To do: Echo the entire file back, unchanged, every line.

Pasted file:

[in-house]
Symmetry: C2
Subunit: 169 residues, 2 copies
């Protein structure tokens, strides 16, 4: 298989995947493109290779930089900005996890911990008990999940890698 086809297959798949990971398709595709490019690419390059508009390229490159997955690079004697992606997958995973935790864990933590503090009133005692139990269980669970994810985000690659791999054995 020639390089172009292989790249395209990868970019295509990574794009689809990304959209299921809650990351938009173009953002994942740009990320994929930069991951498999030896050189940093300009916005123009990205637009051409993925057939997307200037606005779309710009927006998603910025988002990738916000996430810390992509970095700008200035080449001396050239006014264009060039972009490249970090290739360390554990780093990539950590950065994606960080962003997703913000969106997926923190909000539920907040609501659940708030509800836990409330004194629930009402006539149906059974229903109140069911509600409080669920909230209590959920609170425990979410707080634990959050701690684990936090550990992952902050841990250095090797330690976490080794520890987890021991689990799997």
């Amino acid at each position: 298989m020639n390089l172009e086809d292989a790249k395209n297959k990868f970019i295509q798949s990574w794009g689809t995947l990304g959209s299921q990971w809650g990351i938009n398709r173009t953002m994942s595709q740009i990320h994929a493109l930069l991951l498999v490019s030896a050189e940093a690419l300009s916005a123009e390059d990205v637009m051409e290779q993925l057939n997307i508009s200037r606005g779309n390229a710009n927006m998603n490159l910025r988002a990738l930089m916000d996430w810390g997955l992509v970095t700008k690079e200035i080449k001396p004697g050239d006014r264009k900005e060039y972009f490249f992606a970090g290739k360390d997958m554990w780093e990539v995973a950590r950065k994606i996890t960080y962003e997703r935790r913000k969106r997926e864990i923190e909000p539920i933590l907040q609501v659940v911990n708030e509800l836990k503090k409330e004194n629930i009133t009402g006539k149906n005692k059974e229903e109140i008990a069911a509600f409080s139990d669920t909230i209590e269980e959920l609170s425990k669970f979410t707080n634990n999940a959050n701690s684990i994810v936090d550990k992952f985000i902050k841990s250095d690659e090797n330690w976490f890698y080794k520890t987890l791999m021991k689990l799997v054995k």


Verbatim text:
[in-house]
Symmetry: C2
Subunit: 169 residues, 2 copies
């Protein structure tokens, strides 16, 4: 298989995947493109290779930089900005996890911990008990999940890698 086809297959798949990971398709595709490019690419390059508009390229490159997955690079004697992606997958995973935790864990933590503090009133005692139990269980669970994810985000690659791999054995 020639390089172009292989790249395209990868970019295509990574794009689809990304959209299921809650990351938009173009953002994942740009990320994929930069991951498999030896050189940093300009916005123009990205637009051409993925057939997307200037606005779309710009927006998603910025988002990738916000996430810390992509970095700008200035080449001396050239006014264009060039972009490249970090290739360390554990780093990539950590950065994606960080962003997703913000969106997926923190909000539920907040609501659940708030509800836990409330004194629930009402006539149906059974229903109140069911509600409080669920909230209590959920609170425990979410707080634990959050701690684990936090550990992952902050841990250095090797330690976490080794520890987890021991689990799997």
């Amino acid at each position: 298989m020639n390089l172009e086809d292989a790249k395209n297959k990868f970019i295509q798949s990574w794009g689809t995947l990304g959209s299921q990971w809650g990351i938009n398709r173009t953002m994942s595709q740009i990320h994929a493109l930069l991951l498999v490019s030896a050189e940093a690419l300009s916005a123009e390059d990205v637009m051409e290779q993925l057939n997307i508009s200037r606005g779309n390229a710009n927006m998603n490159l910025r988002a990738l930089m916000d996430w810390g997955l992509v970095t700008k690079e200035i080449k001396p004697g050239d006014r264009k900005e060039y972009f490249f992606a970090g290739k360390d997958m554990w780093e990539v995973a950590r950065k994606i996890t960080y962003e997703r935790r913000k969106r997926e864990i923190e909000p539920i933590l907040q609501v659940v911990n708030e509800l836990k503090k409330e004194n629930i009133t009402g006539k149906n005692k059974e229903e109140i008990a069911a509600f409080s139990d669920t909230i209590e269980e959920l609170s425990k669970f979410t707080n634990n999940a959050n701690s684990i994810v936090d550990k992952f985000i902050k841990s250095d690659e090797n330690w976490f890698y080794k520890t987890l791999m021991k689990l799997v054995k």